The business cycle is the alternating periods of economic growth, recession, or depression. Various macroeconomic factors dictate the length and severity of each. A recession is when a country’s GDP falls below its potential GDP for an extended period.

Negative cash flow occurs when you collect less money from customers than your costs to serve them as well as holding inventory for them such as raw materials, labor, overhead and interest expenses associated with purchases that are not being used at the time incurred, so they are just sitting on the balance sheet; i.e., idle inventory costs more to hold than it would if sold immediately.

Why Free Cash Flow is Negative?

Why Free Cash Flow is Negative?

1. Business is experiencing a downturn

It is the most common reason why Free Cash Flow is negative.

You are limited to your profits, which are the lesser of your sales revenue or the cost to purchase something from you. Your fees are fixed and not subject to constraints like price increases, technological advances, or changes in the overall business cycle. Your business’s output continues to decline even as it makes a profit.

If your cost of goods sold goes up or customers’ disposable income goes down, then an increase in selling prices requires you to sell fewer units at higher prices, reducing your net income and causing a reduction in sales revenue.

2. Expensive investments

It is a risk that a business becomes exposed to when it has increased in size or has high fixed costs. Most companies know that their money in equipment, buildings, or research and development will eventually be needed to make more money. Still, they don’t make those investments until quarterly earnings reports show that their expenses exceed the sales revenue generated at those prices. 

For example, say Sally’s business incurs an investment to build a new office building with a $1 million price tag. This year’s net income is $100,000 because her net sales were only $7 million.

3. Inaccurate budgeting

Businesses tend to underestimate expenses during bad economic times, which leads to negative Free Cash Flow. It can be good if the industry realizes that it needs to account for those costs to avoid bankruptcy or significant financial losses. The problem comes when companies don’t have money because they believe they have enough cash due to low sales but high profits.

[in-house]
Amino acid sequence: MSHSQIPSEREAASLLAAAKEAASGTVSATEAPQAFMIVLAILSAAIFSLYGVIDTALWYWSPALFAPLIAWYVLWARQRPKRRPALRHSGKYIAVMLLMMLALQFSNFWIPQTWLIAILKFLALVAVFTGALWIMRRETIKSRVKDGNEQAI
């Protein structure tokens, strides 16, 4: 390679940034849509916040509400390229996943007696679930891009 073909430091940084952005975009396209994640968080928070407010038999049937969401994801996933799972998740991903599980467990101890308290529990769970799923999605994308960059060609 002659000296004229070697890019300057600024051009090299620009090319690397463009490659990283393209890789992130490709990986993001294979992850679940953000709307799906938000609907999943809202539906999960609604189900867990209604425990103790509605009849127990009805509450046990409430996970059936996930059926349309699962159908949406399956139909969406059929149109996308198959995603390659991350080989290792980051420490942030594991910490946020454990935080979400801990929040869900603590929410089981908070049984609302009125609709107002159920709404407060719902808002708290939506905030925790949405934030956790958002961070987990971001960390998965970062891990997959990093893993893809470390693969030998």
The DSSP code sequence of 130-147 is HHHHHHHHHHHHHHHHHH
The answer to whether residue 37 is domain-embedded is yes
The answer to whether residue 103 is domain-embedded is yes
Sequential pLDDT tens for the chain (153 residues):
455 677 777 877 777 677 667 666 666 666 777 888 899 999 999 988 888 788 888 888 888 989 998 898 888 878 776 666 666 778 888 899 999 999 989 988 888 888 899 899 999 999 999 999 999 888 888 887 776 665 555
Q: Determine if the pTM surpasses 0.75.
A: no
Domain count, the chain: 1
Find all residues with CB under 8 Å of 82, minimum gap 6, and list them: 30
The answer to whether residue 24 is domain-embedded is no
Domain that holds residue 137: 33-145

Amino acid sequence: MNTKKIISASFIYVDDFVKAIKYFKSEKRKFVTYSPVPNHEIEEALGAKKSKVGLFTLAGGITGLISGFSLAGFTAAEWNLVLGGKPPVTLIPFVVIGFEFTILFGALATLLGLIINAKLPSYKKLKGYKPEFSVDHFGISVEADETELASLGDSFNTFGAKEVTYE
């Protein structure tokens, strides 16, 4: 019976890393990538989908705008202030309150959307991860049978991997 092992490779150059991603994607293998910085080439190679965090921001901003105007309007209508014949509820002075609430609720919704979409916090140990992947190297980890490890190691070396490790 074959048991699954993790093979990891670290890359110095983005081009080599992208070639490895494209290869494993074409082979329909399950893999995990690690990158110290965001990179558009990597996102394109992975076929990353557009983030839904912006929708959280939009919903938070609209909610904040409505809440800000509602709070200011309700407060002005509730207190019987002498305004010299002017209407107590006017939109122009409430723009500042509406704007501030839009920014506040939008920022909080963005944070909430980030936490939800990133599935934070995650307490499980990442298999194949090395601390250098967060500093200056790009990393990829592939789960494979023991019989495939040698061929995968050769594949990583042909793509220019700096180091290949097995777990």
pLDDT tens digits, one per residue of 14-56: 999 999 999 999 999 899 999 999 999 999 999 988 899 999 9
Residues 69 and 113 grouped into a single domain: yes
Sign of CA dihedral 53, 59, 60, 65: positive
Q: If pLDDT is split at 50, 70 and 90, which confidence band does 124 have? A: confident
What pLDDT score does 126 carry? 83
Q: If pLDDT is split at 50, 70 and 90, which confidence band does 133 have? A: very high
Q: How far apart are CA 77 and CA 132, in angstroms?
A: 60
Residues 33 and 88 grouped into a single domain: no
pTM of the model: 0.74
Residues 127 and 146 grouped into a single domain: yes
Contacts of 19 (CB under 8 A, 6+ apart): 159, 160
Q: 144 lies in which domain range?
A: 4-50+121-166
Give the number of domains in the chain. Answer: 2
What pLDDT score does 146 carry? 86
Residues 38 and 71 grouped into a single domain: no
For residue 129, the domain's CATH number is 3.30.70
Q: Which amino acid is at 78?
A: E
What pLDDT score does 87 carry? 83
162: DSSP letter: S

4. Businesses that fail to invest in their long-term survival

Investing in the future is the best way to reduce negative Free Cash Flow. After all, investing today is an expense, but it’s an investment in your quality of life tomorrow and many years later. If you look at big businesses, you will notice that companies that continue to build up cash on hand often go out of business or get bought out by other more successful companies because they are not able to keep up with the advancements in technology or changes in customer demands for their products or services.

5. A high liquidity ratio

It is usually a good thing. It means that the company has a lot of cash sitting around in short-term investments, and not much of it is tied up in its inventory or long-term assets like property, plant, and equipment (PPE) or your goodwill on the balance sheet. Most businesses like to see their current ratio above 1:1, meaning they can turn their inventory into cash within one year if needed.

6. Stock buybacks

The use of stock buybacks to avoid paying a dividend caused businesses to go out of business and make shareholders poorer during the financial crisis of 2008. According to this article from CNN Money, shareholders were unhappy because companies were buying back their stocks at an alarming rate, which reduced the number of shares being sold on the market, lowering their value, and depressing their price as well as raising their cost for investors who want those shares in their portfolio since they are trading at a lower price.

7. Uncompetitive market conditions or products that have no demand

It is a tough one to deal with. There are always changes in the business cycle, changing customer tastes and preferences, new technologies that lower your production costs or increase your productivity, and even changes in your industry that can force you to change how you do business.

It is a case where you need to re-evaluate your business plan and goals for the future. If it’s not working out for you, then perhaps this is not the type of business that best fits your skillset or experiences. 

Why Free Cash Flow is Negative?

Final Verdict

Negative cash flow, either in a given period or for a portfolio, reduces the return rate during that period. It highlights that internally generated funds are insufficient to pay capital expenditures and support cash requirements associated with working capital projects. In all cases, net income must be positive before positive cash flows can be achieved. Net income, marginal profit, and free cash flow are all important metrics within the financial management process. Each measurement tool allows the firm to evaluate various assets in both a qualitative and quantitative manner.